Understanding Trading Patterns - Part 2

110220 Traders In the first part of this series, we discussed that a Market is a collection of separate traders, and much of the analysis done to get a trading edge is really just a way to identify "who is in control" and what they are doing … rather why they are trading.

Here we will examine why some traders rely on certain patterns to identify favorable trading conditions.

Some Patterns Are Logical.

Let's look at a common trading pattern, called a "Triangle".  You can think of the Triangle as a well-contested battle between the bulls and the bears.  It is almost like an arm-wrestling match. Inside the pattern, neither side gives-up much ground.  However, when one side loses conviction, the market  surges in the direction the winners push it. 

Here is a picture of a Triangle and the pattern's likely price projection.


110219 Example Triangle Pattern  

Triangles are an example of a logical pattern.  It is easy to see, and easy to understand.  In addition, for a trader, it is easy to use a setup, like this, to define the likely risk and reward of a trade they are considering.


Why Do Patterns Form in Markets Repeatedly?  The Answer is Human Nature.


Markets are not always logical.  Some would argue that Markets are rarely logical.

On some level, markets represent the collective thoughts and emotions of its participants. So, even though conditions change, the collective response to fear and greed remains reasonably similar.

As a result, many patterns show up in market price data.


In General, Here's What Is Happening.


A move up of a certain degree will be met with some people who are afraid the move won't go higher … so they decide to sell.  Meanwhile, others will believe the move will trigger a whole different group of people to recognize an opportunity … so they decide to buy.

The same thing happens with a big move down. At first, it triggers fear and selling. But at some point, to a certain group of traders, the move down will look like a discounted buying opportunity.

At its core, price is the primary indicator of investors' willingness to buy or sell. Things like velocity or slope are secondary, and show the intensity of their motivation.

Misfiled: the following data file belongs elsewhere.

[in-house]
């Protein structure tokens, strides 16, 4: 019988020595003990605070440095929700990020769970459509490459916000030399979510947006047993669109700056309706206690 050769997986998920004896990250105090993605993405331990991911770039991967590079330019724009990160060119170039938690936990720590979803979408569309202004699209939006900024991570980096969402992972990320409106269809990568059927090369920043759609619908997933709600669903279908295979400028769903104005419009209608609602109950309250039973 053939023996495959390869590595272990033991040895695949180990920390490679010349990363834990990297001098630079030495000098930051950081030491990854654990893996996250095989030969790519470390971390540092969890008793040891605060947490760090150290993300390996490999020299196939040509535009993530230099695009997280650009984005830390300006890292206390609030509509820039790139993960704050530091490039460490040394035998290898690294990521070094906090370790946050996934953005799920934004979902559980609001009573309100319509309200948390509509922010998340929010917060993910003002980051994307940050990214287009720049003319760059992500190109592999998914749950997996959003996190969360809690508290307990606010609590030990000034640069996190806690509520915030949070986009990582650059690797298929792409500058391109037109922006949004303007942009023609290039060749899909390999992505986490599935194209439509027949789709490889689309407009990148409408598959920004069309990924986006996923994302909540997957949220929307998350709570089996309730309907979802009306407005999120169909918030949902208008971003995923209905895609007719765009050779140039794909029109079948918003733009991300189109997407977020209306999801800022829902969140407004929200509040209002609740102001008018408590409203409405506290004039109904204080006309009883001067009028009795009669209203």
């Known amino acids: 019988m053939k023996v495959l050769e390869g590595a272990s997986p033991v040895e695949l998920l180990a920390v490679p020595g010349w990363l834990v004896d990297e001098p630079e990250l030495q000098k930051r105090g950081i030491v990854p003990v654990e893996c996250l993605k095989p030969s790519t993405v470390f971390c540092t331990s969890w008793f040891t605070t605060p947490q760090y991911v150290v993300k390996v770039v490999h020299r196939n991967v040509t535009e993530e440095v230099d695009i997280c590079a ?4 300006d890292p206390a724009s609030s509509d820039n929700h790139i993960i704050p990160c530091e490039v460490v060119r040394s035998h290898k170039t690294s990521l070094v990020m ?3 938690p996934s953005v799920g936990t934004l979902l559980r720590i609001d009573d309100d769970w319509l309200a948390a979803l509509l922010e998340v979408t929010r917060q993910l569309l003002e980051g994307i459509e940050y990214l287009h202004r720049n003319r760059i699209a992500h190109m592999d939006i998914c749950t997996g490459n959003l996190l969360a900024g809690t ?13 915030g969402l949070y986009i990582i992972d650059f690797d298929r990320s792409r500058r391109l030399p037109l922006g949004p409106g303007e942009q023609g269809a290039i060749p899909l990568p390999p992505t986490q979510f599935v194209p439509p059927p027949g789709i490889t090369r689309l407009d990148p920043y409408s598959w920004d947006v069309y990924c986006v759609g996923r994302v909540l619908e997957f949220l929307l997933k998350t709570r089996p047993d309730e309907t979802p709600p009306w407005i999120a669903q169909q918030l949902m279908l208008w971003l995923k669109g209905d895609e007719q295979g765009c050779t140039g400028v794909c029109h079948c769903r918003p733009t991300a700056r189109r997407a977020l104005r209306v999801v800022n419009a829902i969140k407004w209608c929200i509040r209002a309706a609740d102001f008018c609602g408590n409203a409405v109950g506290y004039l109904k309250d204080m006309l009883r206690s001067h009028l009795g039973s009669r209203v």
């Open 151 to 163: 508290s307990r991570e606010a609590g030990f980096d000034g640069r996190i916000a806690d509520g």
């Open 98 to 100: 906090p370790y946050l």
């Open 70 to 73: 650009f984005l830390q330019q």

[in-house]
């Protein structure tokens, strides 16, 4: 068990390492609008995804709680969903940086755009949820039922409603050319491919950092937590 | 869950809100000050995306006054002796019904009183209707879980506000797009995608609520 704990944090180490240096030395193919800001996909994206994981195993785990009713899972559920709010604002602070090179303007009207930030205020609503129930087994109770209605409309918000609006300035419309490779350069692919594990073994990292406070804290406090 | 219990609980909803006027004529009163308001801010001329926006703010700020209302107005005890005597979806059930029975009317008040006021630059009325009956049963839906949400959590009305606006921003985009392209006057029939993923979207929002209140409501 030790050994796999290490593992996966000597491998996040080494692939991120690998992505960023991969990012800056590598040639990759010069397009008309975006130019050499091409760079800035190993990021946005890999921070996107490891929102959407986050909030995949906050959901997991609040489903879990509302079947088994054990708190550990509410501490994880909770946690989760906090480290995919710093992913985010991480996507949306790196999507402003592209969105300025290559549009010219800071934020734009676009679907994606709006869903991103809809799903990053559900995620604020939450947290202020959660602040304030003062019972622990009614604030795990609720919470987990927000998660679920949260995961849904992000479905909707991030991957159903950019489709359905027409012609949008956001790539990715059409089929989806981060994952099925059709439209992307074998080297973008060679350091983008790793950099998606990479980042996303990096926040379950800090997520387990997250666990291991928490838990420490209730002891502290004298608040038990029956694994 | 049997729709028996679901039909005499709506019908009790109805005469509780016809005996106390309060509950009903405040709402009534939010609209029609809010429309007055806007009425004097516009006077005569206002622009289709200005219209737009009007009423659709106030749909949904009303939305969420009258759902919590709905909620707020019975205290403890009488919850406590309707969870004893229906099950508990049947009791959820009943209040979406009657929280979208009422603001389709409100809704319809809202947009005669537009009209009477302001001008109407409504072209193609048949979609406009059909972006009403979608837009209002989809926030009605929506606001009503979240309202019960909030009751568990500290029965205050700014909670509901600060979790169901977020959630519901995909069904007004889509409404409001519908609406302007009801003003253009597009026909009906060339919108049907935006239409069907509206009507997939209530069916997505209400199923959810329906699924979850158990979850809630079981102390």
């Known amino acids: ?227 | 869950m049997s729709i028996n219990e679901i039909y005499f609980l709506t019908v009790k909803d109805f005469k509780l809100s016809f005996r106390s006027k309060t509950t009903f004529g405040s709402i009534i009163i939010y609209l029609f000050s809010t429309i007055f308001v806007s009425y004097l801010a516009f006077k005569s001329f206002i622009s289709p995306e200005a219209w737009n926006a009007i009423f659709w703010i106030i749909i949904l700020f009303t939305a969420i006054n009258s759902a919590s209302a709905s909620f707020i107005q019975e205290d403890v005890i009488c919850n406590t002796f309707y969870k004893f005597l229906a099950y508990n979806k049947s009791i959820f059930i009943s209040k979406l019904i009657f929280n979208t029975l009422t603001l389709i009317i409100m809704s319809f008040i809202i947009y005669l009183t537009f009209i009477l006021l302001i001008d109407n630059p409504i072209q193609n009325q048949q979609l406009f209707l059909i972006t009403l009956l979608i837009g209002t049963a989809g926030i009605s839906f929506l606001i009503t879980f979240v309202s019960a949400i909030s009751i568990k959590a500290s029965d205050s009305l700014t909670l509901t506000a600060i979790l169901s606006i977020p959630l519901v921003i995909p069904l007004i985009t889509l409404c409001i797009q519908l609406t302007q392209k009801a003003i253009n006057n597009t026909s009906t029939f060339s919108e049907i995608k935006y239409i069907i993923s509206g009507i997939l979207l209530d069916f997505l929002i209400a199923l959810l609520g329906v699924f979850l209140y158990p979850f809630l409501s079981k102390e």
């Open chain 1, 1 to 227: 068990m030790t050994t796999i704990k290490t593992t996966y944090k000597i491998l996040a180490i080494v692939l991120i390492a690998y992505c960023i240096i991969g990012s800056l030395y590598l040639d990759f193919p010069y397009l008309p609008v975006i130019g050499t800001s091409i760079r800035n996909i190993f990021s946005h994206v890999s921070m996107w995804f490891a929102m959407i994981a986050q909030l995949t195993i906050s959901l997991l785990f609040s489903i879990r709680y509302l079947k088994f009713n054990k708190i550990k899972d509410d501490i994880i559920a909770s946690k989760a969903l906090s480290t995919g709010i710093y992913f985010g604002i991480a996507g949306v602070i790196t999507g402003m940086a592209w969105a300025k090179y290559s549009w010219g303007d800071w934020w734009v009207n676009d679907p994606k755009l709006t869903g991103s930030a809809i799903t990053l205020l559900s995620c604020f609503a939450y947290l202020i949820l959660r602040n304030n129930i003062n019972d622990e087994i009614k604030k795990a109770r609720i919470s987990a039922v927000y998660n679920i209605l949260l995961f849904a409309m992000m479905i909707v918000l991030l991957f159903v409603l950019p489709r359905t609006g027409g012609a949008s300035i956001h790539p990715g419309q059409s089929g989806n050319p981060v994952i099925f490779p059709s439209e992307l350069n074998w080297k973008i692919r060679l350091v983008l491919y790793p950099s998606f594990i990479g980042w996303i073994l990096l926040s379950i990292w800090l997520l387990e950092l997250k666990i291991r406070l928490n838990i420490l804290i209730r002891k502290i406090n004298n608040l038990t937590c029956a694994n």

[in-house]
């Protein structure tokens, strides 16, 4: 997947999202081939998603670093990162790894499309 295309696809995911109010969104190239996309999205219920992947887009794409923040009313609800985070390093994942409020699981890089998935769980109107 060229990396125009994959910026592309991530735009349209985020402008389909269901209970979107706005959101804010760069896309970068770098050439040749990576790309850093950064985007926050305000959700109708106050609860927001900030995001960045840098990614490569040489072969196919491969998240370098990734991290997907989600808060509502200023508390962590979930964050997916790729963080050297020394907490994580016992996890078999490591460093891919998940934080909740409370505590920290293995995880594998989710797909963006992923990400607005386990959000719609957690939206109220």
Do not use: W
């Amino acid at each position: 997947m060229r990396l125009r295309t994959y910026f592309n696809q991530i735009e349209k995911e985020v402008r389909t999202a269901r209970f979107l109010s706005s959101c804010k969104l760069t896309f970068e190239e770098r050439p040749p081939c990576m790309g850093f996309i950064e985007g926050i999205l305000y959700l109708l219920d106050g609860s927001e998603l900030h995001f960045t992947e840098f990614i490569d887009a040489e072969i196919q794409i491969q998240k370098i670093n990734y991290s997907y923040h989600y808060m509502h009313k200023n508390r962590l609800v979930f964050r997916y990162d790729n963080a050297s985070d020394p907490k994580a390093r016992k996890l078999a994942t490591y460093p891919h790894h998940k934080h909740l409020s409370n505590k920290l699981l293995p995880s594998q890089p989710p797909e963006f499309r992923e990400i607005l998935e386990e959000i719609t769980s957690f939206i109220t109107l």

So, many of the patterns that you read in books or magazines (with names like "head and shoulders", or "cup and handle", or "double bottoms") are all really just ways of explaining the natural response to certain conditions.


110219 Trading Pattern Art and Science  

There is science involved in recognizing a specific pattern; and there is art involved in selecting which pattern to rely on today.


But You Don't Have to Predict Anyone's Action – All It Takes Is An Intelligent Response.


It's the law of large numbers. An insurance company doesn't have to accurately predict when any individual will die; their actuaries just have to figure out a reasonable estimate of how many people will die during a certain time period. Likewise, in the market, patterns don't predict what an individual will do, only what the majority is likely to do.

So now that you understand patterns, the rest is easy … right?


Fractals and Holograms.


110220 Fractal Of course it's not as easy as it sounds, because these patterns are being played out across every market, and happen on different time frames as well. That means some people are responding to the market using a much longer time horizon than someone else. A pattern for them may be noise at a different level of focus.

The patterns occur similarly whether you're looking at be minute by minute chart of the S&P, or a weekly chart of gold.

Since there are many patterns happening on many markets at any given time, it's impossible for a human to identify, validate, and trade all of them in real-time.

That's where technology comes in. And that is what we'll look at in the next article in this series.

Hope it helped.  Let me know if you have questions or comments.


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  1. Pattern day trader is a term defined by the U.S. Securities and Exchange Commission to describe a stock market trader who executes 4 (or more) day trades in 5 business days in a margin account, provided the number of day trades are more than six percent of the customer’s total trading activity for that same five-day period.

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